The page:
The small class sizes made the program feel like a community of writers and creative thinkers. Not only were the class sizes small, but the number of students in the program made it so that I saw familiar faces in all of the classes that I took each semester. We all seemed to move together through the program at a similar pace. This made it easy to make friends, share resources, and feel comfortable working with my peers. Because this is a writing program, many of the assignments that I completed were creative and personal. It was very beneficial to feel like the people who were working with me to peer review my writing knew me.
The guidance and mentorship that I received during this program was unmatched. I especially loved my time working with Dr. Zamora. She is a wonderful professor and mentor (and overall just a wonderful person!). Dr. Zamora was my professor for many courses that I took in this program in addition to being my thesis advisor. I am still in awe of how she manages to tackle so many roles and still have so much time to dedicate to supporting each of her students.
After graduation, I began working as an adjunct professor. I currently teach first year writing at Kean University, Montclair State University, and Middlesex College. I have also taught high school/ college bridge programs for Middlesex College. I am also now back at Kean as a graduate student for a second M.A. in college counseling and student services. I have also looked into some PhD programs in education and sociology.
Dane Tabano 11′
I chose Kean for my graduate studies at a time when the M.A. in English Writing Studies was newly introduced. I was attracted to pursue a graduate study with a focus in English writing studies for several reasons. At the time I enrolled, and I believe even up to the present day, Kean’s M.A. in Writing Studies is one of only a few of its kind in the tri-state area, and perhaps even in the greater northeast U.S. region. I am happy to have been part of the program’s inception, and incredibly proud to have been the first recipient of Kean’s M.A. in English Writing Studies. I was also confident in the program’s integrity and sustainability after learning that it was backed by the Kean University Writing Project (KUWP)—of which I became a fellow—and that Kean had instituted a writing center staffed by graduate students and professors in the master’s program who were passionate about supporting the writing skills and overall literacy of Kean students. To me, this support showed a commitment to literacy across the academic program, which I have always found to be the hallmark of an honorable institution. One other significant contributor to my interest in the M.A. in English Writing Studies is that I was working as a public high school teacher of English at the time of my enrollment, and I was desperately seeking more efficient ways to assess student writing, which ended up being my thesis for the program.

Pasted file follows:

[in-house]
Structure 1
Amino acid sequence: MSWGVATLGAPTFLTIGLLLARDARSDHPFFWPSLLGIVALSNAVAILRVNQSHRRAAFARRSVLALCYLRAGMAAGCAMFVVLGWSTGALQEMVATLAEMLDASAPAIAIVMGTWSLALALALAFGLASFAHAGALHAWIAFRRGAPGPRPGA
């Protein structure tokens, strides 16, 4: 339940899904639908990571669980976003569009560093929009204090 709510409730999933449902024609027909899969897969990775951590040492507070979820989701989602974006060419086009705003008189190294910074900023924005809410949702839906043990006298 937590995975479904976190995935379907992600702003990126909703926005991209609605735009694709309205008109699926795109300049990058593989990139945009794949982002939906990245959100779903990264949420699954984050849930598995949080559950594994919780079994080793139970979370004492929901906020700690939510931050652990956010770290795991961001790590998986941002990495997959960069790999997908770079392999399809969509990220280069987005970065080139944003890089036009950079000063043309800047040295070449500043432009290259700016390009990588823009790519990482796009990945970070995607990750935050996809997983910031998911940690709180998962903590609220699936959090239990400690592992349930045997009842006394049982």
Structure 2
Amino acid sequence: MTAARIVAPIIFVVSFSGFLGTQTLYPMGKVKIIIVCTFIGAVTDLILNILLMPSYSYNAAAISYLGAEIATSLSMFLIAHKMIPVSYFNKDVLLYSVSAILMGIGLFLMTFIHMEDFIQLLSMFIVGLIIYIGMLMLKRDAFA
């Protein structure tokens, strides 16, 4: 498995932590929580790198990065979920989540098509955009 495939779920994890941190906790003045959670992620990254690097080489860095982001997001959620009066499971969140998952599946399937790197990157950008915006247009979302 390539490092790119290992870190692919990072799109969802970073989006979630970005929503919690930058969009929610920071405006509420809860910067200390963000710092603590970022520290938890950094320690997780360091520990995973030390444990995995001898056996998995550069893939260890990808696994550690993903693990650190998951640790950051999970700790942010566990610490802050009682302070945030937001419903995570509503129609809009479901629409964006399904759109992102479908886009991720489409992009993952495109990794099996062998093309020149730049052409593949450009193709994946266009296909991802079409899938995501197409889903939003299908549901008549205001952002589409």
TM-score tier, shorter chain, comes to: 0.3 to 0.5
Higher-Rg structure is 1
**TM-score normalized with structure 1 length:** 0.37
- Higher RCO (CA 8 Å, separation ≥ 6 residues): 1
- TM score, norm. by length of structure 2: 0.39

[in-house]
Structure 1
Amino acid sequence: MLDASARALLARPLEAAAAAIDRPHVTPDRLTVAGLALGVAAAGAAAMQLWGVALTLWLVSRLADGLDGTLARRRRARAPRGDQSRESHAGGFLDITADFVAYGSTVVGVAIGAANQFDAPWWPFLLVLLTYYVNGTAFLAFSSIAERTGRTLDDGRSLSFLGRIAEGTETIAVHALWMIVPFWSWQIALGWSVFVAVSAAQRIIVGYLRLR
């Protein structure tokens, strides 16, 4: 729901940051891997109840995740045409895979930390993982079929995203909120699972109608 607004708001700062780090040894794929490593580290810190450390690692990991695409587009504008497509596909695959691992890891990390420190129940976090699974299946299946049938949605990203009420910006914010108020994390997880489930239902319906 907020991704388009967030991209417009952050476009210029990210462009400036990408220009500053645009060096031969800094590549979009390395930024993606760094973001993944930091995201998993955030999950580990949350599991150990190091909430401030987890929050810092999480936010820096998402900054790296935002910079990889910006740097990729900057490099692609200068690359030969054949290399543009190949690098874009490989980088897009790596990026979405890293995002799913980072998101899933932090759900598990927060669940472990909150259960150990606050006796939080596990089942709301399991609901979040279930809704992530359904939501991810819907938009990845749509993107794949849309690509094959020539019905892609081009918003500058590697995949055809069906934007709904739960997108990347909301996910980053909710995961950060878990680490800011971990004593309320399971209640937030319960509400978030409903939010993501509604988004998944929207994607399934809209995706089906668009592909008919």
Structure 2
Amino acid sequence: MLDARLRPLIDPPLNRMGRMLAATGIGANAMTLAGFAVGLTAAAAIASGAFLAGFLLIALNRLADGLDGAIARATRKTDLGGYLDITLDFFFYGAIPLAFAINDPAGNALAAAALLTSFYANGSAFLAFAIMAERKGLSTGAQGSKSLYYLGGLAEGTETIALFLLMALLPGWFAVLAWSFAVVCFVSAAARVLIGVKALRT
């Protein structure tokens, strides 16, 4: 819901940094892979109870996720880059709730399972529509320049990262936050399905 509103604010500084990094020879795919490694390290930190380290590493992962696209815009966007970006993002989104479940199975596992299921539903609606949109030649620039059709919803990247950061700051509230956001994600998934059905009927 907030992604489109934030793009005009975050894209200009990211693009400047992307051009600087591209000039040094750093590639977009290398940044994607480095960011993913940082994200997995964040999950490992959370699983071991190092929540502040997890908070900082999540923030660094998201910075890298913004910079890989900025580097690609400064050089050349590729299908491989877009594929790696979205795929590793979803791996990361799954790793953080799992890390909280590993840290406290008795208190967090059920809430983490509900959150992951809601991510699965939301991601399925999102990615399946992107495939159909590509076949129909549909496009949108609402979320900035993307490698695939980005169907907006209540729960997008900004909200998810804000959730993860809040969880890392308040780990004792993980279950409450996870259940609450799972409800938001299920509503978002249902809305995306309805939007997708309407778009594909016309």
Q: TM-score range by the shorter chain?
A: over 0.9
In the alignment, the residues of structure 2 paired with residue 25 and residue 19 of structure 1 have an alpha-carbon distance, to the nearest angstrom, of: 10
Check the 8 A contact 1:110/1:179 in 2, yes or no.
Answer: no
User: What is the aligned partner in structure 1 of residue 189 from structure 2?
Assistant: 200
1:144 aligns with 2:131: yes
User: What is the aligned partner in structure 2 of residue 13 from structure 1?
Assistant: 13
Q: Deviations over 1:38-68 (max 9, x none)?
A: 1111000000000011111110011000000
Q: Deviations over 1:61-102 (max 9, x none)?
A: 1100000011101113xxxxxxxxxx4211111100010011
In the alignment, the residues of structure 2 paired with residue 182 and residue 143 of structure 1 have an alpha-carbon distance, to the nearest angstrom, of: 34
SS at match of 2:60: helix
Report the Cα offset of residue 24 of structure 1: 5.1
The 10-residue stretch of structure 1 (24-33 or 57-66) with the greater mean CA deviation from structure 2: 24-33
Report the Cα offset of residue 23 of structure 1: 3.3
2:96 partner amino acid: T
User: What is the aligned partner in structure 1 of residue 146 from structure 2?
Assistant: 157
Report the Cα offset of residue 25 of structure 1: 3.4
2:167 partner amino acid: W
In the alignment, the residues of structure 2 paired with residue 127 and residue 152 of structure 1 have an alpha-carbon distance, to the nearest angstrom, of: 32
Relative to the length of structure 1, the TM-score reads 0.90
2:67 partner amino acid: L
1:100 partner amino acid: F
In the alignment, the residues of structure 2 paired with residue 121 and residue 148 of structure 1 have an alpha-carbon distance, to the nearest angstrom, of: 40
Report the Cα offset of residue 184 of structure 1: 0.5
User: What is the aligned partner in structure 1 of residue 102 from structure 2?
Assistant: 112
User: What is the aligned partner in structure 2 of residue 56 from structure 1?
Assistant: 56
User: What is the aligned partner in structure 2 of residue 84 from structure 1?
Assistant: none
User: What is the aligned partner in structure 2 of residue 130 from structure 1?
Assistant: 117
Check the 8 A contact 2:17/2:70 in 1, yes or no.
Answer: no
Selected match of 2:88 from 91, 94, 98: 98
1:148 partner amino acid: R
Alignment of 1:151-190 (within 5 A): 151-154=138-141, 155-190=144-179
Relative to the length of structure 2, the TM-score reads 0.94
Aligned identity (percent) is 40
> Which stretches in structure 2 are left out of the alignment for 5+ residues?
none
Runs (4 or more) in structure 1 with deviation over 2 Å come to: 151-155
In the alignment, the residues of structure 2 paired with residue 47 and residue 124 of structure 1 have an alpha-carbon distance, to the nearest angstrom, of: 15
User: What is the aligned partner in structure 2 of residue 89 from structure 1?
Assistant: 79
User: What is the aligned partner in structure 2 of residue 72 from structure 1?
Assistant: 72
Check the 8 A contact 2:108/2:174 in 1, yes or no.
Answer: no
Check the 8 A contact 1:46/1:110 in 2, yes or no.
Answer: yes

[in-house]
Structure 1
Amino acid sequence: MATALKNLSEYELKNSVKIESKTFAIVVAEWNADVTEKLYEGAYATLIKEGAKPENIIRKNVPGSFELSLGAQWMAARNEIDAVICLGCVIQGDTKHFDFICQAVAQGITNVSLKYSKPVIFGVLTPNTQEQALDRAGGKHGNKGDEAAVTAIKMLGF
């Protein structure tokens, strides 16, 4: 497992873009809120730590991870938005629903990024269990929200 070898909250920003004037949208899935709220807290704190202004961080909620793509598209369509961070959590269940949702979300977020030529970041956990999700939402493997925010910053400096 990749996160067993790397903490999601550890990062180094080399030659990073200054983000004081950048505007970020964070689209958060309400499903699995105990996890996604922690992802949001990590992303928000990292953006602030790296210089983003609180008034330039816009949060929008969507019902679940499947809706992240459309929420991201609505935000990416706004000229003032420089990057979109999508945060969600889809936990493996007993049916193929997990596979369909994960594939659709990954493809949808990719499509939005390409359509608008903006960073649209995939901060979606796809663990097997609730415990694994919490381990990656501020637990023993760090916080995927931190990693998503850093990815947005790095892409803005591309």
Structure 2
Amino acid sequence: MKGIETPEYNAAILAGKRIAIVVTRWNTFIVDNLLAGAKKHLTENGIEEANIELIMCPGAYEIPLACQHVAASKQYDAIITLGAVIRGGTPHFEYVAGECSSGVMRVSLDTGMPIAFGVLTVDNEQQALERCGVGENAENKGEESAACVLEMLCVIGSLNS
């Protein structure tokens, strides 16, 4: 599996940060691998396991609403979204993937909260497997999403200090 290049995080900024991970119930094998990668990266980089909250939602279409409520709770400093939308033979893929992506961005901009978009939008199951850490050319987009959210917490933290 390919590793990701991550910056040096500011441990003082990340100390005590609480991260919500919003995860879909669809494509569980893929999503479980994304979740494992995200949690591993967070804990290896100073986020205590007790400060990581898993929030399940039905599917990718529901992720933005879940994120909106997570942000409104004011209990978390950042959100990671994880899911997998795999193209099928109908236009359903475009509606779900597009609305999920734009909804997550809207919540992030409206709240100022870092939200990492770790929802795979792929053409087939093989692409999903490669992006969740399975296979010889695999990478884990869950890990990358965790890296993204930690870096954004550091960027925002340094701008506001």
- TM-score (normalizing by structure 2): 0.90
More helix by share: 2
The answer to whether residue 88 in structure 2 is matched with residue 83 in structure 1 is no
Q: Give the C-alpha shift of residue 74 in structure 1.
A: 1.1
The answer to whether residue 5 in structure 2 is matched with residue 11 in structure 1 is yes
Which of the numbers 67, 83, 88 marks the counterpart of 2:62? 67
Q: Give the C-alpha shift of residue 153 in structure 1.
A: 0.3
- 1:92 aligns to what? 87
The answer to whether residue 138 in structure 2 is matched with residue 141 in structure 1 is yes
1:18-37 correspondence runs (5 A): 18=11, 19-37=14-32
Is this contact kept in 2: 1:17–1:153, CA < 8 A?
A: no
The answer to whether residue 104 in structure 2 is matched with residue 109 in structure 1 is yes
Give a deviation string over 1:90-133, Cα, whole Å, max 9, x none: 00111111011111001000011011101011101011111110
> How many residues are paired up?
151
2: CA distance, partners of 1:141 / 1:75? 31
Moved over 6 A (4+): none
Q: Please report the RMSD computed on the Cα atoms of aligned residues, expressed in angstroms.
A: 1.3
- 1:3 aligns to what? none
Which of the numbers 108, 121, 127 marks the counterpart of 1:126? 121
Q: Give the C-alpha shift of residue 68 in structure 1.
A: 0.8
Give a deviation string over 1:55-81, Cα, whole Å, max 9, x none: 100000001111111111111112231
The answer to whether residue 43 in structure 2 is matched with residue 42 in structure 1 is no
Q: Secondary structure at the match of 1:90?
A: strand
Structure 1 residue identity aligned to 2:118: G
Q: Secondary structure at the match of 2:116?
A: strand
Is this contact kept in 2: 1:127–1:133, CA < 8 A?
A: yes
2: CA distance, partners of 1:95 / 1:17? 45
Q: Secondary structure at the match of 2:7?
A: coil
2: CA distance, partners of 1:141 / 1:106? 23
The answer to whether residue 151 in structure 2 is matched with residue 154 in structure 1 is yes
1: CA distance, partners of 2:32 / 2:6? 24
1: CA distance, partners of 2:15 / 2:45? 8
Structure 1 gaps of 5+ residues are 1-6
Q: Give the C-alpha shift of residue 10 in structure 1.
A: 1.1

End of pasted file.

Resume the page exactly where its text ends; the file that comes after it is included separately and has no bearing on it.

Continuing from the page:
Since completing the M.A. in Writing Studies at Kean in 2011, I ended a thirteen-year career as a high school English teacher in 2015. During the latter half of my tenure as an English teacher, I completed an M.A. in School Counseling, and an Ed.S. in Professional Mental Health Counseling at Seton Hall University. In 2016, I began what is now my current career as a high school counselor in the beautiful beachfront school district of Ocean City, on the northern tip of New Jersey’s cape. I am also a licensed professional mental health counselor in New Jersey. My non-academic career pursuits include working as the superintendent of the Beach Fees division in the municipality of The City of Ocean City and operating the southern New Jersey location of an amateur wrestling school I co-founded in 2001, called The Apex Wrestling School.
If I were to offer any advice to a prospective student embarking on a pathway in the Writing Studies program, it would be to make sure not to let the stress of “perfection”—the plight of far too many English writing students as it is—get in the way of the enriching experience. Sure, there is a good deal of work that needs to be done to complete the program, but the people you are fortunate enough to have around you and the support you will receive along the way truly is invaluable. That took me quite a while to realize, but it is something I will never forget, and for which I will never be able to fully express my gratitude.